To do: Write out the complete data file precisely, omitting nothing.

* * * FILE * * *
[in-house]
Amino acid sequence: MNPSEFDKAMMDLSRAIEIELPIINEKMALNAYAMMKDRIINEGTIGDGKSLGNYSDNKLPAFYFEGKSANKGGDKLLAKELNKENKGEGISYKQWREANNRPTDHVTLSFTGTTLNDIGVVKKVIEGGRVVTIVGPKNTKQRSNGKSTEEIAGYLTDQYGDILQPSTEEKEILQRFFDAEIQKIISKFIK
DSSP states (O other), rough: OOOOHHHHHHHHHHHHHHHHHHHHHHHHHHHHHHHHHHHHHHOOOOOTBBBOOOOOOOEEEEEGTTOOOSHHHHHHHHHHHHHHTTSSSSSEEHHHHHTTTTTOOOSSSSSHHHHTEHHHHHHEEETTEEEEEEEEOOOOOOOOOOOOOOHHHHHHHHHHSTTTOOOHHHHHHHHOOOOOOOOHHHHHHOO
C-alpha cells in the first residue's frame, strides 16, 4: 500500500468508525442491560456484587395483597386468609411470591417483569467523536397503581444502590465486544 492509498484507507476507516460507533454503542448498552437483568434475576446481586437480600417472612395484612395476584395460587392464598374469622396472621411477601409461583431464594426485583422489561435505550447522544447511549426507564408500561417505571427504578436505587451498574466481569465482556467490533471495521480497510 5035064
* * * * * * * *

[in-house]
Amino acid sequence: MNPSEFDKAMMDLSRAIEIELPIINEKMALNAYAMMKDRIINEGTIGDGKSLGNYSDNKLPAFYFEGKSANKGGDKLLAKELNKENKGEGISYKQWREANNRPTDHVTLSFTGTTLNDIGVVKKVIEGGRVVTIVGPKNTKQRSNGKSTEEIAGYLTDQYGDILQPSTEEKEILQRFFDAEIQKIISKFIK
DSSP states (O other), rough: OOOOHHHHHHHHHHHHHHHHHHHHHHHHHHHHHHHHHHHHHHOOOOOTBBBOOOOOOOEEEEEGTTOOOSHHHHHHHHHHHHHHTTSSSSSEEHHHHHTTTTTOOOSSSSSHHHHTEHHHHHHEEETTEEEEEEEEOOOOOOOOOOOOOOHHHHHHHHHHSTTTOOOHHHHHHHHOOOOOOOOHHHHHHOO
C-alpha cells in the first residue's frame, strides 16, 4: 500500500468508525442491560456484587395483597386468609411470591417483569467523536397503581444502590465486544 492509498484507507476507516460507533454503542448498552437483568434475576446481586437480600417472612395484612395476584395460587392464598374469622396472621411477601409461583431464594426485583422489561435505550447522544447511549426507564408500561417505571427504578436505587451498574466481569465482556467490533471495521480497510 5035064